This site has limited support for your browser. We recommend switching to Edge, Chrome, Safari, or Firefox.

Cart

Plastic-free Bedding

Posted by Ange Defosse on
Plastic-free Bedding

I'm going to read this post someday and remember it was written back in the same month that a study came out confirming that micro plastics are now being found in human blood. 

It feels impossible to get away from it. It seems it is woven into the fabric of our lives in an impossible manner.

One place that plastic does not live these days is in the beds inside our home. It took a lot of research on this one - and definitely a little bit of a revelation + some belief in nature's magic - to make it happen.

The textiles in your home can be a major source of micro plastics, but they don't have to be.

The Mattress Cover Dilemma: Wool is the Key

So, this leg in my journey to living a more sustainable life came when I was trying to prepare my nursery when I was having my first babe. We had a lot of a second hand itmes that I'd collected and made new - a wardrobe (that I had filled with stuff that registry lists, Pinterest and people told me I needed that I later sold), a dresser, a rocking chair. We had the brand new Canadian made, organic mattress to soak up all the cash we'd saved on those other items. But what didn't make sense to me was stretching a cheap plastic sheet over top of that very expensive mattress, effectively cutting baby off from anything positive I was trying to do with that mattress. I might as well have gone with whatever mattress if I was going to put that plastic on there. All I could think of was the mattress pads from my childhood - peeling thin plastic quilted over equally peeling plastic foam just distributing the plastic around my little bebs. 

The search began.

If you haven't ever really gotten into wool yet - or learned of the magic that wool is - be prepared to be a little bit doubtful of how incredible it is. We met a few gals who solely used wool as their cloth diaper covers and it seemed to require a bit of a mind bend to understand that the wool absorbs the liquid, but doesn't get anything around it wet. It is also antibacterial and naturally deals with the urine so much so that the same wool cover can be used all day, absorbing it and not stinking or leaching pee out onto baby's clothing. The mamas explained to me that they just put the covers out in the sunshine to "sanitize" them, not needing to wash as often as you'd think. Plus, it's a fully degradable material (definitely not a vegan option, but I am of the orientation that wool and leather are far more natural, durable, degradable options versus their plastic alternatives).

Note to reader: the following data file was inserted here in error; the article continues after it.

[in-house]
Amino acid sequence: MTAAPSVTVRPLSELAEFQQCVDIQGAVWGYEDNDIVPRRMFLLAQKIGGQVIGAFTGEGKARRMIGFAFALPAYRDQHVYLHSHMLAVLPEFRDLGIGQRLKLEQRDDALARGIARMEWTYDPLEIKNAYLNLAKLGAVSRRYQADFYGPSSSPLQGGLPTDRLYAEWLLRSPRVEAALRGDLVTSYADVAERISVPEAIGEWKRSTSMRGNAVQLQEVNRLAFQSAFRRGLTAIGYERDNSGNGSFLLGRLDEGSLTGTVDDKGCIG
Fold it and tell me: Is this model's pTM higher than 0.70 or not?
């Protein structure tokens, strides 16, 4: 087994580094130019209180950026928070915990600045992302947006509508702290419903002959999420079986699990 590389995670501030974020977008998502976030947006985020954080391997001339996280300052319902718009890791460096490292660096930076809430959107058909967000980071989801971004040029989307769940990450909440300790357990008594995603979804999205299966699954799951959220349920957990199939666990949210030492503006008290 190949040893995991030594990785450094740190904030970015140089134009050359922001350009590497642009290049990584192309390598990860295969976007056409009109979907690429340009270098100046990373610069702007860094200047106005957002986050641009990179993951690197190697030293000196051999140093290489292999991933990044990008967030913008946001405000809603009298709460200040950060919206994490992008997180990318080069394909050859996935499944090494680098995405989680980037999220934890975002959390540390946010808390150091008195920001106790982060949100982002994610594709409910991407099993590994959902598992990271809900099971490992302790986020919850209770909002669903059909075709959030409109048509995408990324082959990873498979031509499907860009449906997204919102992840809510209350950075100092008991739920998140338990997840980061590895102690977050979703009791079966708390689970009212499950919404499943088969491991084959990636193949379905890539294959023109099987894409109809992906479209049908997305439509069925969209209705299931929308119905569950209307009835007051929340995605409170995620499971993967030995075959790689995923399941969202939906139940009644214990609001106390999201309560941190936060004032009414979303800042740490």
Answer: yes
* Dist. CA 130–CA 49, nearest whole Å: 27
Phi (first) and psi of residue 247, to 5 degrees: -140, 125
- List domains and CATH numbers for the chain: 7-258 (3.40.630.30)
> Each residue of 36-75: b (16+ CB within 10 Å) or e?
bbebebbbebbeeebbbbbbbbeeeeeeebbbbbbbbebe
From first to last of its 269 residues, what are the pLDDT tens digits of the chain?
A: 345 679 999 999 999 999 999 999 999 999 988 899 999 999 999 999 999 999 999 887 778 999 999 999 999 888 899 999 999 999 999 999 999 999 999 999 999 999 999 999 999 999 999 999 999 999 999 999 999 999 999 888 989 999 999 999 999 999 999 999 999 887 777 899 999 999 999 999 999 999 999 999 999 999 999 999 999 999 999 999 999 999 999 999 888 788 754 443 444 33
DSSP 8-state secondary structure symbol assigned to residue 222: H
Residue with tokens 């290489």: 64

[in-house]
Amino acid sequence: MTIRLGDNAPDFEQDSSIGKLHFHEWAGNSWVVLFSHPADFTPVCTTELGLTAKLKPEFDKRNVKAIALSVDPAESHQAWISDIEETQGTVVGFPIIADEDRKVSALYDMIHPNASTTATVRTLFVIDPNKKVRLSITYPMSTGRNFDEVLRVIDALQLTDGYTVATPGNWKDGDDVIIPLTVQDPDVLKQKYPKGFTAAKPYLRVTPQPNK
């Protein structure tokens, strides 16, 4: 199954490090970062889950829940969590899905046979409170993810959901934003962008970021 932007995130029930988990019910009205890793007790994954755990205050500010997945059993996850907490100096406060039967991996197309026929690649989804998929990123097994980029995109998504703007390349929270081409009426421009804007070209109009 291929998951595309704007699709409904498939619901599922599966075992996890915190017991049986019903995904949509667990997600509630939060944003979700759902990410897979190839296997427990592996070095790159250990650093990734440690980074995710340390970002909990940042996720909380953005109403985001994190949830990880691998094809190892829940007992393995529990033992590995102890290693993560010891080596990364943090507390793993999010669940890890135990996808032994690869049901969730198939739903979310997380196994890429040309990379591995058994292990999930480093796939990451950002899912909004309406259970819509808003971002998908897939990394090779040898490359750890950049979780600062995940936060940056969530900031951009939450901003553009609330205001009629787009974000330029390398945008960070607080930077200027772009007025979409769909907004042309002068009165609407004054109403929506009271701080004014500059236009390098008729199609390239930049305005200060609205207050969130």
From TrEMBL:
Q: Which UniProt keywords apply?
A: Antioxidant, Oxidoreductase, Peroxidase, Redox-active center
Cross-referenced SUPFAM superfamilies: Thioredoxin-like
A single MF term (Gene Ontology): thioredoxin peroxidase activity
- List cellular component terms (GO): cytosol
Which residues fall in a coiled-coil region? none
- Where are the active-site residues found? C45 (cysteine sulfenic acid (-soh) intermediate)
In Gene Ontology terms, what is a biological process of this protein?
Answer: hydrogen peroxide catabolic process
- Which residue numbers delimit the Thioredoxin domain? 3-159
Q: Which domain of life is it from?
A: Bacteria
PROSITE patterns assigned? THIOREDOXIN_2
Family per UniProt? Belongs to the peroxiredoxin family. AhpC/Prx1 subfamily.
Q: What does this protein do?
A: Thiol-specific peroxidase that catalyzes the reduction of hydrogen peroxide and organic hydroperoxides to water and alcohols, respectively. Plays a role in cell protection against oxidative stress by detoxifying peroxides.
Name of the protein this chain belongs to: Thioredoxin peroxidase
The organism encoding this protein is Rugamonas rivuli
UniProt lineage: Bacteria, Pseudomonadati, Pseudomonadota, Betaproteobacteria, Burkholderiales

I was pretty skeptical until I followed up with the research. But it was real. We promptly added a wool diaper cover to the list and although it was pretty bulky, it saved us anytime we needed a lot of airflow (so in the winter, during heat waves, or any intense bum rash periods when trying new foods). Go Green Baby (in Kingston) even had some upcycled wool covers to buy, and it was well worth it.  

I was still unsure during the research phase after taking to the wool mamas, thinking that wool needed to be a winter-time only option. But it also turned out that wool is temperature regulating - it keeps you cool in the summer, and warm in the winter.

It's magic.

But it also makes an incredible option for bedding.

We ended up throwing wool mattress covers (one at a time - they are definitely pricier) onto all of our beds. We used them on our crib, boy's beds and our own. They've stood up to puking rallies, potty training, heavy wetting, breast feeding leaks, and we never needed to change them while any of that was happening. Gotta love that Pinterest mom "hack" of the several layer situation of plastic sheets and crib sheets to improve your life. Wool hacked that all for us, and delivered.

And - a wool bunting bag (we had one from Woolino) definitely saved us from temperature regulating worries and buying 75 of them in different sizes/temperature ratings. SO good.

Options to avoid Micro Plastics

Micro plastic waste can be significant with the use of brand-new and second-hand fabrics that contain plastic, like polyesters and nylon. Besides being less breathable on a bed, they break off tiny bits of plastic (like the very small pieces that are ending up in our human systems) during use, washing, and long term storage. 

Good options for your bed include hemp, cotton, linen and wool. All of these fabrics contain natural fibres and will eventually break down naturally without the plastic webbing and fibres waste to live on and on. Choosing any of those fabrics with a natural dye option, a standard for organic textiles (like GOTS or OEKO TEK certified fabrics) or a simple design (without plastic-based tassels, glittery thread or those tiny plastic mirrors they used to put in fabrics, let's say) are all great moves forward as well.

This fabric consideration should also include the fill of the inside of pillows and duvets. Many cheaper options are filled with plastic-based batting and although they are contained typically inside a cover, they will definitely still be on the planet long after you're gone.

Recommendations for buying better when it's time